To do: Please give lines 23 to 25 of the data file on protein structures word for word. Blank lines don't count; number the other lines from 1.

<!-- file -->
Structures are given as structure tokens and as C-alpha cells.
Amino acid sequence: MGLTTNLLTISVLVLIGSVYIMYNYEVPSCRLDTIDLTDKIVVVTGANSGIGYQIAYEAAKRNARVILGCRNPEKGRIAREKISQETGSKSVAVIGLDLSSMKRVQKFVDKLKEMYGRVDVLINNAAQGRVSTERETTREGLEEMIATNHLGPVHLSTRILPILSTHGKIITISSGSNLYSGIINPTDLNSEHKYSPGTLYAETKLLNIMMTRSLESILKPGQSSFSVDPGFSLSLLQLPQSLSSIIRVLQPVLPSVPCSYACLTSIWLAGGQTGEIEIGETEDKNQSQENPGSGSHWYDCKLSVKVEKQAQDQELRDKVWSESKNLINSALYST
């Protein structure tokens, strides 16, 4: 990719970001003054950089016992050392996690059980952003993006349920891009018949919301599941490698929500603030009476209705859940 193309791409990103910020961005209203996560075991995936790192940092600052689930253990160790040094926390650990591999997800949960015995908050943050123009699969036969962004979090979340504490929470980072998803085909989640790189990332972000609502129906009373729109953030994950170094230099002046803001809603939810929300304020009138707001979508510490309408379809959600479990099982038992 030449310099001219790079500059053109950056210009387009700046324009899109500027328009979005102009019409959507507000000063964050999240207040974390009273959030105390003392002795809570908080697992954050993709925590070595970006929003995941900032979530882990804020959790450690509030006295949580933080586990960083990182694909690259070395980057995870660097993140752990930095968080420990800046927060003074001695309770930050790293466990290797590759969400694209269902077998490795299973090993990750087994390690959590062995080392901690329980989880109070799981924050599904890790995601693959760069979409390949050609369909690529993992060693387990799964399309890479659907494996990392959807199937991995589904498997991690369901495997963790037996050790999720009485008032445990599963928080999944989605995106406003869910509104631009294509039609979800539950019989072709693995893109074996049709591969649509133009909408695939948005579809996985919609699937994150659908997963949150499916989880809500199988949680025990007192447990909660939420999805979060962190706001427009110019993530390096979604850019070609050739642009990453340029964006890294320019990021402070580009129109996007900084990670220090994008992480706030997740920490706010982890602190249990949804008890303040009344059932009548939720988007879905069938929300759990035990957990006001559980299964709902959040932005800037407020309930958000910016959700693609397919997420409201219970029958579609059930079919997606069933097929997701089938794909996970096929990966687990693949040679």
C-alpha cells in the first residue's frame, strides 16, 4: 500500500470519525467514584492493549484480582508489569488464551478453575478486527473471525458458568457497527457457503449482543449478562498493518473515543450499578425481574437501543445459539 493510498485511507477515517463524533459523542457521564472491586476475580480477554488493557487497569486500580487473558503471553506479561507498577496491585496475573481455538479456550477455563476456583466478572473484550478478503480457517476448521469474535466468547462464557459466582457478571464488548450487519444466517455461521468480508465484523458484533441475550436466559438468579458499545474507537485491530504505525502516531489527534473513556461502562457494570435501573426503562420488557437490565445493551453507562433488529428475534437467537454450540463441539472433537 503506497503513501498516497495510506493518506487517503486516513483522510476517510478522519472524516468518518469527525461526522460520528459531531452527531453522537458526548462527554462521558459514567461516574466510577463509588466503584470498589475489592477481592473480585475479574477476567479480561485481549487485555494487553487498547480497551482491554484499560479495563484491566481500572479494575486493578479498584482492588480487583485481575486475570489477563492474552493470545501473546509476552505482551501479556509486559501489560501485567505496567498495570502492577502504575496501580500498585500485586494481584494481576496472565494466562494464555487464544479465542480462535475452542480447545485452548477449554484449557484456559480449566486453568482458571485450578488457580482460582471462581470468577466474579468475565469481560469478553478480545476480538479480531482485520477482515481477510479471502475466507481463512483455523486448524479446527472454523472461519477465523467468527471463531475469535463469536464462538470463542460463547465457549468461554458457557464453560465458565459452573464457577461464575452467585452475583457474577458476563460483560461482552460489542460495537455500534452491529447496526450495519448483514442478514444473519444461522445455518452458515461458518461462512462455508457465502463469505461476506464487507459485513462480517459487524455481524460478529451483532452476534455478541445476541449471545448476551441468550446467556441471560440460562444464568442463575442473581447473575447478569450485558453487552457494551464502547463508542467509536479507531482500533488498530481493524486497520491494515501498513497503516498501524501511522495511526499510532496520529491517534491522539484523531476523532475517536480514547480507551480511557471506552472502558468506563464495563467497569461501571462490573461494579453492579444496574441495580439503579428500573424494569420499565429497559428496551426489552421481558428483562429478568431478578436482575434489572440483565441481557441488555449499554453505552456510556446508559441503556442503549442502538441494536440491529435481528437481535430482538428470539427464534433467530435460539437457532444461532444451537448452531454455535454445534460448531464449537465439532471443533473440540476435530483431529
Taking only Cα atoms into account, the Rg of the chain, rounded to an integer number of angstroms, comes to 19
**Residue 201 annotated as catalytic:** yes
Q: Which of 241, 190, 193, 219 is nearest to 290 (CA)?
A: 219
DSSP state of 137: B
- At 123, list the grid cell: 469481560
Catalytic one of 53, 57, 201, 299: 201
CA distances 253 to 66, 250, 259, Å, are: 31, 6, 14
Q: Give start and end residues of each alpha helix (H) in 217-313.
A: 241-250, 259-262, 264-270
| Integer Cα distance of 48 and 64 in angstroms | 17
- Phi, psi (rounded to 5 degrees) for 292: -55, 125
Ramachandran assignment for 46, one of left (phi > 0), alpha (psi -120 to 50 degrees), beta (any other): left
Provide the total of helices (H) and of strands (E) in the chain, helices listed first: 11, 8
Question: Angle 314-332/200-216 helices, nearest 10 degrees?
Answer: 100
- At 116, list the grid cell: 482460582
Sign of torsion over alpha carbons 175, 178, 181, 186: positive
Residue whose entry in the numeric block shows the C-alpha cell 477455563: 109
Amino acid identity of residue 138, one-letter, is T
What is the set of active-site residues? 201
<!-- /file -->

Residue whose entry in the numeric block shows the C-alpha cell 477455563: 109
Amino acid identity of residue 138, one-letter, is T
What is the set of active-site residues? 201